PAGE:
universal

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universal

(ū″nĭ-vĕr′săl) [L. universalis, combined into one]
Applicable to or commonly found in every condition, situation, or member of a population.
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References in periodicals archive ?
Palmaitis' language universal wholly excludes a possiblity that in Uralic languages as those lacking any grammatical gender could have an accusative case.
The idea behind "linguistics as a science" and the search for language universals is that human cognitive life is much more rigidly constrained than people have traditionally supposed.
Iris Berent of Northeastern University and researchers at Harvard Medical School shows the brains of individual speakers are sensitive to language universals. Syllables that are frequent across languages are recognized more readily than infrequent syllables.
It reviews research on the linguistic sequences of interlanguage development (morpheme accuracy order, verbal and phrasal negatives question formation, relativization, and word order) and research on SLA processes (language universals; linguistic universals; cognitive theories; cognitive processes, input, and interaction; and cognitive processes and evidence).
xxi), the grammar is not intended for beginners but for "advanced students of the language and scholars specializing in Amharic studies," and perhaps "the general Semitist who might be interested in a specific feature of the language yet not be familiar with the Amharic script." However, with the phonemic transcriptions, probably any knowledgeable linguist will be able to make good use of the grammar, if with a bit of native-speaker assistance - so the grammar should also be able to serve even the rapidly growing subfield of linguistic typology and the search for language universals, in which, regarding syntax, Amharic is a notable frequent exception to generalizations.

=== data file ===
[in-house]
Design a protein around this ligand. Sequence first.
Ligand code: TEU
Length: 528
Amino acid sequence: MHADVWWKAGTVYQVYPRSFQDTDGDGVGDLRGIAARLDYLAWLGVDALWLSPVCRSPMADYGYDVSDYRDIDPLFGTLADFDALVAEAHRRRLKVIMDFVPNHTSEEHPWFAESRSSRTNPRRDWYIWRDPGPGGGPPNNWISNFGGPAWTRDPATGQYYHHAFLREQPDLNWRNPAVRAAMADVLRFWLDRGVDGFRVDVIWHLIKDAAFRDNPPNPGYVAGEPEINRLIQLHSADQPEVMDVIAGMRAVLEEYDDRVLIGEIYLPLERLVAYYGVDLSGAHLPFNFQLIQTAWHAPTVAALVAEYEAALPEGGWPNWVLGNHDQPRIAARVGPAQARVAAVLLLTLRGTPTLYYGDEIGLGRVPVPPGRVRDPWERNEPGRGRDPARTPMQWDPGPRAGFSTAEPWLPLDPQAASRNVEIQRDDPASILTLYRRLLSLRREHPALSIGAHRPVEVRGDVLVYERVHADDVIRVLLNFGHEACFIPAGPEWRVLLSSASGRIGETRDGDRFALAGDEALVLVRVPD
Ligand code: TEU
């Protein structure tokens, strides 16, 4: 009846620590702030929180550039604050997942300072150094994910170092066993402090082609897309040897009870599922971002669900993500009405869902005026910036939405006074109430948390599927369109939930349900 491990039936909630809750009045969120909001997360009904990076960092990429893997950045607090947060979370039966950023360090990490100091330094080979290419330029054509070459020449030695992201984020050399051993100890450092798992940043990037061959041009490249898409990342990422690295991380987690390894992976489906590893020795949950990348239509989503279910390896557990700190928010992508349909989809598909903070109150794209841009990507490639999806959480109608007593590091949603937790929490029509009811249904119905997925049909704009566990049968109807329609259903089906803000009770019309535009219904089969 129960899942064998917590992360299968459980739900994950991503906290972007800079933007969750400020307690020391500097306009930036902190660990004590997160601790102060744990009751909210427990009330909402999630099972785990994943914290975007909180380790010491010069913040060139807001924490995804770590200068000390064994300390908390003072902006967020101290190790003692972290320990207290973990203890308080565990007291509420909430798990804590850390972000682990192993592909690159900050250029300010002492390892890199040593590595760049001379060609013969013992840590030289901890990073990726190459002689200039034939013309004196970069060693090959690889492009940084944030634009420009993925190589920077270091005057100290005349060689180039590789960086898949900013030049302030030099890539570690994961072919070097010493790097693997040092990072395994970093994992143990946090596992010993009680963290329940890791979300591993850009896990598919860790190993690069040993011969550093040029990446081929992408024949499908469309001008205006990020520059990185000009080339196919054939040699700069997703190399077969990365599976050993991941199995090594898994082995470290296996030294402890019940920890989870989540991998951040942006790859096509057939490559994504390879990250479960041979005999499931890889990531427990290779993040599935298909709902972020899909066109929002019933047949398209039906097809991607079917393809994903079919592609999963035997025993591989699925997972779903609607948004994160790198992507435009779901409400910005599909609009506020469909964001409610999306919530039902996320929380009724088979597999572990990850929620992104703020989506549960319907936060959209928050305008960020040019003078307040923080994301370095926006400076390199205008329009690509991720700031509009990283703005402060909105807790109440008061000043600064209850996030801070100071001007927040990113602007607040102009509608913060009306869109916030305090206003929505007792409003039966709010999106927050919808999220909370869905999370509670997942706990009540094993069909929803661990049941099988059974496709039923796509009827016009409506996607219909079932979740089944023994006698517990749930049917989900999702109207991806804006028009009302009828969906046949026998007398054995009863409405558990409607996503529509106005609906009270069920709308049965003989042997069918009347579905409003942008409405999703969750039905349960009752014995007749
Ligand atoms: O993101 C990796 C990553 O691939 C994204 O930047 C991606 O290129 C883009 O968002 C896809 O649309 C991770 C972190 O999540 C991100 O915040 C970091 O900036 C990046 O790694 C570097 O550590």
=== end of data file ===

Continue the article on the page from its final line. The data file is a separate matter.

Language universals regulate what is possible and what is impossible in the structure of a language and make statements to the effect that some characteristics are found in all the world's languages while others are not found in any.
177-181), but devotes only several pages to it and examines it only with respect to language universals. Here she describes only the old and well-known results of J.

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